Crown Prince Mohammed said that the Kingdom's relationship with the UAE is based on cooperation and common policies towards events in the region, and that the strong relations between the two countries are built on solid foundations. 

The Saudi crown prince’s last visit to the UAE was in November 2018 as part of a wider regional tour of several Arab countries.

 

Crown Prince Mohammed was driven to Abu Dhabi's presidential palace Qasr Al-Watan through the city where the streets were lined with Saudi and Emirati flags.

As his motorcade arrived at the palace it was greeted by a calvacade that escorted them towards the entrance.

Inside the palace, the crown princes listened to their national anthems and inspected the guard of honour.


UN envoy calls for greater sense of urgency in Syrian peace efforts

UN envoy calls for greater sense of urgency in Syrian peace efforts
Updated 23 January 2021

UN envoy calls for greater sense of urgency in Syrian peace efforts

UN envoy calls for greater sense of urgency in Syrian peace efforts
  • Geir Pederson wants enhanced international diplomacy, and tighter focus on progress in drafting new constitution
  • The fifth session of the Small Body of the Syrian Constitutional Committee begins in Geneva on Monday

NEW YORK: Geir Pedersen, the UN’s special envoy for Syria, on Friday called for “more serious and cooperative” international diplomacy as part of political efforts to improve the lives of the Syrian people and develop a vision for the future of their country.

Speaking ahead of the fifth session of the Small Body of the Syrian Constitutional Committee, which begins on Monday in Geneva, he also urged committee members to focus their efforts and work more effectively to speed up progress on constitutional reform.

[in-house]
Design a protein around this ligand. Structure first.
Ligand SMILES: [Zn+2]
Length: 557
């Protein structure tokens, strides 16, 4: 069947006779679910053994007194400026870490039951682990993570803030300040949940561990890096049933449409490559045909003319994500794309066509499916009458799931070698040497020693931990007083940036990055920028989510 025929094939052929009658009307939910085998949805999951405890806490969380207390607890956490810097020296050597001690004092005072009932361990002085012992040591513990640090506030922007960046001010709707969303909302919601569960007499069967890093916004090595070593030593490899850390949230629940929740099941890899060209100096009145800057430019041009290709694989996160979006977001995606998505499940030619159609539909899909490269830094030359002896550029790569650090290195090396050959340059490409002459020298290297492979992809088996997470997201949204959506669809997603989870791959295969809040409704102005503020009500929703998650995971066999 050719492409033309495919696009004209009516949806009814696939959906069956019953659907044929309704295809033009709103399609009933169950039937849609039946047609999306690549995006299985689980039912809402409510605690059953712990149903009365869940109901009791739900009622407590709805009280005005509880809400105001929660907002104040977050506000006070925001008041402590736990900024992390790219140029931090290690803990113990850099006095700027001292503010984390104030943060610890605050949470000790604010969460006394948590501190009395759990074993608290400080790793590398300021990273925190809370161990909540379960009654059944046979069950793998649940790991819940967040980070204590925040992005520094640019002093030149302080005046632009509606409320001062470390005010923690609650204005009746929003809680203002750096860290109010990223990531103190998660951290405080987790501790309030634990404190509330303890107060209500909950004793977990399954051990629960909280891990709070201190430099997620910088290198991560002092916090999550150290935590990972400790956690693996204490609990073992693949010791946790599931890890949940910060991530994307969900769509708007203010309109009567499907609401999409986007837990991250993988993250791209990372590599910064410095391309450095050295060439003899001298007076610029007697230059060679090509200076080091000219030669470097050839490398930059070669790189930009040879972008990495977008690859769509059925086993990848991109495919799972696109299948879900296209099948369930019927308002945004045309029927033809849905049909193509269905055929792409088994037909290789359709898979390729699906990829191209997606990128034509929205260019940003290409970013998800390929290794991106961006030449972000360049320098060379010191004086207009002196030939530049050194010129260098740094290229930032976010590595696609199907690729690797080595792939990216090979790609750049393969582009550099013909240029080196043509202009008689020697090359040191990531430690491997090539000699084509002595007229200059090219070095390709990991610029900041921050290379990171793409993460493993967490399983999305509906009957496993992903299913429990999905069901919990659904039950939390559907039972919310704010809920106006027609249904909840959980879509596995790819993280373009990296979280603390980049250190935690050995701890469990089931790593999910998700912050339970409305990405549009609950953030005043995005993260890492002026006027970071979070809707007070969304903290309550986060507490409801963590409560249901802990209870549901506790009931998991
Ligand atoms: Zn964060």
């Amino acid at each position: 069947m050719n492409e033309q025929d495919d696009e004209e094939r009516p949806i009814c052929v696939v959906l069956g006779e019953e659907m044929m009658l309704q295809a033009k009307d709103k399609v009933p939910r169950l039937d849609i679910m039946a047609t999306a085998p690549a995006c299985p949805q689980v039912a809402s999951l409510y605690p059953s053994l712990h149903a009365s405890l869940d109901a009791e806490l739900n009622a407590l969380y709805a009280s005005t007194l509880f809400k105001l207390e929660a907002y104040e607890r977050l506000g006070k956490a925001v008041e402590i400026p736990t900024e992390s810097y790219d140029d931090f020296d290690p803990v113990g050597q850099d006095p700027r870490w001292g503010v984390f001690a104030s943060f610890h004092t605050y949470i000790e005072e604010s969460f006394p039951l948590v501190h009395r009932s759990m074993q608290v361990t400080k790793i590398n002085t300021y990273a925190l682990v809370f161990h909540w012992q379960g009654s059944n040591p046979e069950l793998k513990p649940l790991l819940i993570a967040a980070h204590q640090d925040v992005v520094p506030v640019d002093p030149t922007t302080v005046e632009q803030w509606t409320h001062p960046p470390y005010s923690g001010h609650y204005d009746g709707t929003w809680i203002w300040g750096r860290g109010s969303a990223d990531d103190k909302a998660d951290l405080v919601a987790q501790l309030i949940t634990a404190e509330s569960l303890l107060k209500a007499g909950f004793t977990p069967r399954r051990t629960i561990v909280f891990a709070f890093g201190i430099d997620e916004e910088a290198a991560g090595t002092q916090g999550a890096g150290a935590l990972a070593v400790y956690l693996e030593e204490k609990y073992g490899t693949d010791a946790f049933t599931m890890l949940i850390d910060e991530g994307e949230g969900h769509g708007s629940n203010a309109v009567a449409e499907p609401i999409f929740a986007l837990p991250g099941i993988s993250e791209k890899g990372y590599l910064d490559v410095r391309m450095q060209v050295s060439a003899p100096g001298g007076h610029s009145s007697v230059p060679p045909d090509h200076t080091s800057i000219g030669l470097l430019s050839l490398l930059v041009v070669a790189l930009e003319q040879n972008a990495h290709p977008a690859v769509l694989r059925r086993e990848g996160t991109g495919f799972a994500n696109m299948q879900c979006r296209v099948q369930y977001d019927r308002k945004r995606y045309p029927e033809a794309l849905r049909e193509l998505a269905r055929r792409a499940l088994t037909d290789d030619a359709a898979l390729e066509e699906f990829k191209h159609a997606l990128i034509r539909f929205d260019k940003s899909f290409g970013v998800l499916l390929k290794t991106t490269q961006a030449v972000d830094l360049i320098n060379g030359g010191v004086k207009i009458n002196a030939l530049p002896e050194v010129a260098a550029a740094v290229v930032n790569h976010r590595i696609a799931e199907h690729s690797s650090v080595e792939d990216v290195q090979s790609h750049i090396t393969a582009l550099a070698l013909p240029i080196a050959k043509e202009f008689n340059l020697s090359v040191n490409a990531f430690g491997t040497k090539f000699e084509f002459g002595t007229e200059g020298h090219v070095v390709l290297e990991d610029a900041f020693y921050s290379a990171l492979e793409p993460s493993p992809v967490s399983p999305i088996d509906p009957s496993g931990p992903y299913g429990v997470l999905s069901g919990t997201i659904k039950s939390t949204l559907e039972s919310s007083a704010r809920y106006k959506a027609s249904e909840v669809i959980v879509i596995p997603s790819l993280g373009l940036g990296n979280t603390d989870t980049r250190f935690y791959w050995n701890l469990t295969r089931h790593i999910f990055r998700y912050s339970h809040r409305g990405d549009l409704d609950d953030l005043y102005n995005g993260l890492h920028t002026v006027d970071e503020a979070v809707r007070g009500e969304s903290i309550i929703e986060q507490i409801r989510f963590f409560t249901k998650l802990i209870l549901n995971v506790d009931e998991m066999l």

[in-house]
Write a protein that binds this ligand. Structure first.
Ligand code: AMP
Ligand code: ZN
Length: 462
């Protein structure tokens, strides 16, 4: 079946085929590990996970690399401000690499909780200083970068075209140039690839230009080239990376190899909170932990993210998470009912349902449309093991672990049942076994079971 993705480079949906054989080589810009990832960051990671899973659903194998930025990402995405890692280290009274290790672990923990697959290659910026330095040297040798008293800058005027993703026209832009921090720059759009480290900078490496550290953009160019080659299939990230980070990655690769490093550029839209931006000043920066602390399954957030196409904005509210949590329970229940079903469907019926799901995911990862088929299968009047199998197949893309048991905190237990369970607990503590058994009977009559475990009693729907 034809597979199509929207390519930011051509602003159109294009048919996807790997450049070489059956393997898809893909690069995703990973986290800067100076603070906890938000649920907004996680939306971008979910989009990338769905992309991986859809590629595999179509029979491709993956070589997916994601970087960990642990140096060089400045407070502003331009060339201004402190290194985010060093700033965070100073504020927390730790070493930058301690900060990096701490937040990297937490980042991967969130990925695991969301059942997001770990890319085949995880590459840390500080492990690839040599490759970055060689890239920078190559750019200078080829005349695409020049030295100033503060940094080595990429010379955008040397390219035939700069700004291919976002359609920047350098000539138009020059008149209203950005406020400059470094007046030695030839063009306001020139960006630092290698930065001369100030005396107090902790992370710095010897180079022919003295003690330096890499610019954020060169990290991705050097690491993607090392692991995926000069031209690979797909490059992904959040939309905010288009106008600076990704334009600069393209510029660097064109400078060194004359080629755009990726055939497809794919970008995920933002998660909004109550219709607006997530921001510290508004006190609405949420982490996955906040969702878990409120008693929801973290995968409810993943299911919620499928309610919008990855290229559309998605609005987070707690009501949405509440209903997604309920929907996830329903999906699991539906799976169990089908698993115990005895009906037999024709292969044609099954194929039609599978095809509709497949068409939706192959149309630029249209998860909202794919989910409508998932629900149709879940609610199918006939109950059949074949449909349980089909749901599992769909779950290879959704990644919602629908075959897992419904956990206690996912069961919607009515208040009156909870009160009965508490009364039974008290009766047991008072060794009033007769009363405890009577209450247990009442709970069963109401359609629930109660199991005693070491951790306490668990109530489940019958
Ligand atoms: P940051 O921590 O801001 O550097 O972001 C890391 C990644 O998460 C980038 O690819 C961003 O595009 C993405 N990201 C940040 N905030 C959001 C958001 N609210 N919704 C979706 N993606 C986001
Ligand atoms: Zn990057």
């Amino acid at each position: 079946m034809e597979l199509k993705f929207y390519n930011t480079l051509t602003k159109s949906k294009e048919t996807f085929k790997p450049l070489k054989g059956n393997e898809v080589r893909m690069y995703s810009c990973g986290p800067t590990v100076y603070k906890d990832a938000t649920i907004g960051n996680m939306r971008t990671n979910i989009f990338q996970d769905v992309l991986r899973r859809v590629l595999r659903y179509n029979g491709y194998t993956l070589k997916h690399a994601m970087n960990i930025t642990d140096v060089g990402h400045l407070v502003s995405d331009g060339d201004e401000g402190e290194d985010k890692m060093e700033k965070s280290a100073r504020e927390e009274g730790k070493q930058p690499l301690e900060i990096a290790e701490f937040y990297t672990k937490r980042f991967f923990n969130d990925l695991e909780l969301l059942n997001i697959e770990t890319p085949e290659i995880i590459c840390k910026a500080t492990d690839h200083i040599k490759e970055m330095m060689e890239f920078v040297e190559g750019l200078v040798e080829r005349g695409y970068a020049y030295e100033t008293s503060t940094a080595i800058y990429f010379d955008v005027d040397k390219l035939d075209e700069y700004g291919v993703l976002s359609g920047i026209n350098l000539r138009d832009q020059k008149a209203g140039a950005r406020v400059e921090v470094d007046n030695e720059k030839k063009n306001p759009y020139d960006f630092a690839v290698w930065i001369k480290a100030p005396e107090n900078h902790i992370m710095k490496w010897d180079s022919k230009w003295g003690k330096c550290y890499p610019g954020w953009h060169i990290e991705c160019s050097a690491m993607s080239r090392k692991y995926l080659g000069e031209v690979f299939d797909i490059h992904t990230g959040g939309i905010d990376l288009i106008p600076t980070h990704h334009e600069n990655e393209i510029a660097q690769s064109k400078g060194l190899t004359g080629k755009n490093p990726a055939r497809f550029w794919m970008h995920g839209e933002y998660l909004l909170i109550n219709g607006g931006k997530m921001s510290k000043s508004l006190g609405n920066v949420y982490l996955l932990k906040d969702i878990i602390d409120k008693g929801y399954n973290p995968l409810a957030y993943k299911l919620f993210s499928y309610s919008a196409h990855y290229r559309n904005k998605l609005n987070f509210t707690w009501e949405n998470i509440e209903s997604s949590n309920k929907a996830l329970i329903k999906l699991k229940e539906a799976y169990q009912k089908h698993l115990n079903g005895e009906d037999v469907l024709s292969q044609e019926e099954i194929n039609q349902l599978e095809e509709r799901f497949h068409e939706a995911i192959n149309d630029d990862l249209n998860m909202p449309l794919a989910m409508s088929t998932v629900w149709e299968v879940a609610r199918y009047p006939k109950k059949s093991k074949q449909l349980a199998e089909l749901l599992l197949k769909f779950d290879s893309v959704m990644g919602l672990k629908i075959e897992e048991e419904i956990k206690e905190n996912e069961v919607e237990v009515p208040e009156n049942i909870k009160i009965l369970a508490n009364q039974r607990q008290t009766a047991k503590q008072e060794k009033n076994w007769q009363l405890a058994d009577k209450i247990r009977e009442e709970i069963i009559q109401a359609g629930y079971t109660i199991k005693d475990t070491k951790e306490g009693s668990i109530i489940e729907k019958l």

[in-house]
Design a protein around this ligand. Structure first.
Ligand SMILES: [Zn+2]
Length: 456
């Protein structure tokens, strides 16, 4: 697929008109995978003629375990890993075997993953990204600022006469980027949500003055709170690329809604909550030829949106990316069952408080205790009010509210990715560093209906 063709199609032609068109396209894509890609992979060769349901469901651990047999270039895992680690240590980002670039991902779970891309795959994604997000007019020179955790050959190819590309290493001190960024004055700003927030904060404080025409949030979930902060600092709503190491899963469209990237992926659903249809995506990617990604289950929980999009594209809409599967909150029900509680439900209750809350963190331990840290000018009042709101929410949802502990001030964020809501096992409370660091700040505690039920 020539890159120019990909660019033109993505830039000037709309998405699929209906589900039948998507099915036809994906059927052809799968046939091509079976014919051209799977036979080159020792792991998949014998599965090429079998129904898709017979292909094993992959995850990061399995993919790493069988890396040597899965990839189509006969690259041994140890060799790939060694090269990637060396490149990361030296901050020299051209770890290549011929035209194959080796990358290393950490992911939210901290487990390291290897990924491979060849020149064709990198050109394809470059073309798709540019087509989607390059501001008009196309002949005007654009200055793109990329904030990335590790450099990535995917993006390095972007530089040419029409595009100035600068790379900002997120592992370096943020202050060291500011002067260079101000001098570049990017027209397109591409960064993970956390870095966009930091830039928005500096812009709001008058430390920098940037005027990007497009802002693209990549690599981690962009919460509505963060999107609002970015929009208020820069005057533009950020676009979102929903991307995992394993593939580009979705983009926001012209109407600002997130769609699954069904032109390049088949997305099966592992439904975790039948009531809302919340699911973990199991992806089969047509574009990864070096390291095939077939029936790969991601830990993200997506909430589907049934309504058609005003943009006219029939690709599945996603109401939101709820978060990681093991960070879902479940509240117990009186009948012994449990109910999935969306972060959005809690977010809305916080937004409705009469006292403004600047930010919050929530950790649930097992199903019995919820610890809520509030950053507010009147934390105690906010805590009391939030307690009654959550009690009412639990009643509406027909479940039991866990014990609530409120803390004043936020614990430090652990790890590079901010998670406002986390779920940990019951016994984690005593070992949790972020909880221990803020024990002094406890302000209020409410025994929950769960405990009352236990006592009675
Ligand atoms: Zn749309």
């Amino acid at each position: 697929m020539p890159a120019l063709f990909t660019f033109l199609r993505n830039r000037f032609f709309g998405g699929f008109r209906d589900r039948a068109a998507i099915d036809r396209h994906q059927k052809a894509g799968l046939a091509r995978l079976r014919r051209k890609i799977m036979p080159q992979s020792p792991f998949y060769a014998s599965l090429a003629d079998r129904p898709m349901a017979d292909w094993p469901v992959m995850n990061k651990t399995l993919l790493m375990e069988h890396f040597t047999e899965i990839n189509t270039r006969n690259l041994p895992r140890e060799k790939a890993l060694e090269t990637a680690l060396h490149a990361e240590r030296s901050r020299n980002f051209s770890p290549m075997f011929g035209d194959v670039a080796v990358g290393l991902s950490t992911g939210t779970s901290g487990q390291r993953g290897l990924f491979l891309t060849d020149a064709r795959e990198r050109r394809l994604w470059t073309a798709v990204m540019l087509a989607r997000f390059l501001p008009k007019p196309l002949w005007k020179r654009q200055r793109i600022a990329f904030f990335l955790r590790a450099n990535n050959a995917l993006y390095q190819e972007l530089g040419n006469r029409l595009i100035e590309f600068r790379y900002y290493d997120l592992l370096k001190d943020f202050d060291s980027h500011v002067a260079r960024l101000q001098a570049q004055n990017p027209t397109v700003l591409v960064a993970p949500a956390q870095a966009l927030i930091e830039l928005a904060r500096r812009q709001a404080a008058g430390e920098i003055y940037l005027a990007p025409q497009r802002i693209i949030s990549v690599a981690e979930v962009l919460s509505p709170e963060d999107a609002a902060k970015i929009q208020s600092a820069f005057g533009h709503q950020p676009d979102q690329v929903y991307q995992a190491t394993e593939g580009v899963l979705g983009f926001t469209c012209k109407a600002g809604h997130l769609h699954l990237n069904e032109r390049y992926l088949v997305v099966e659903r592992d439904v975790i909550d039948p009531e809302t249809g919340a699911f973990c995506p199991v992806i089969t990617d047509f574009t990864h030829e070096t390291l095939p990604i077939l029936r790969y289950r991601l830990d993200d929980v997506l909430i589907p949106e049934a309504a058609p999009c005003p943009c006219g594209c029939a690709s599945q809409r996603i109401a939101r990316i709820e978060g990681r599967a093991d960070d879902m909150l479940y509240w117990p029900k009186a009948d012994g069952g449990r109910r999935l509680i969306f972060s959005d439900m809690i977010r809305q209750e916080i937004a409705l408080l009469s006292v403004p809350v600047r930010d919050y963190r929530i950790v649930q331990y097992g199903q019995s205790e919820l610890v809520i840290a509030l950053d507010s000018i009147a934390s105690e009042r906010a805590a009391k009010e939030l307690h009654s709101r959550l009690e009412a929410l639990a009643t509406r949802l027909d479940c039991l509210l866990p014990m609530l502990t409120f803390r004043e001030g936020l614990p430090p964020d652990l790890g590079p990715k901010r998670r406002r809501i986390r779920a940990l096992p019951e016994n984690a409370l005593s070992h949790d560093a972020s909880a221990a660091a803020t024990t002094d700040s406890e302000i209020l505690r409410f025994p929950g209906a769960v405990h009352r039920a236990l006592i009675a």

Pedersen expressed hope that much-needed international engagement with the peace process is now possible.

“After all, despite the differences, key states are continuing to reaffirm their commitment to Resolution 2254,” he added, referring to the UN Security Council resolution, adopted in 2015, that calls for a ceasefire and political settlement in Syria.

Pedersen, who briefed the Security Council this week on the latest developments, highlighted the fact that five foreign armies are active in Syria and “violations of Syrian sovereignty and territorial integrity (have been) going on for years.”

Although the ceasefire agreement reached by Russia and Turkey in the northwest of the country resulted in a de-escalation of hostilities, Pedersen warned that this relative calm remains fragile.

UN Special Envoy for Syria Geir Pedersen. (AP Photo/Kathy Willens, File) 

“All of these issues cannot be sorted out by the Syrians alone,” he said. (They) need an international cooperation (and) a real exchange of views (among all parties).

“If that political will is lacking it would be very, very difficult to move this process forward ... if you leave this to the UN alone, we will not be able to succeed.”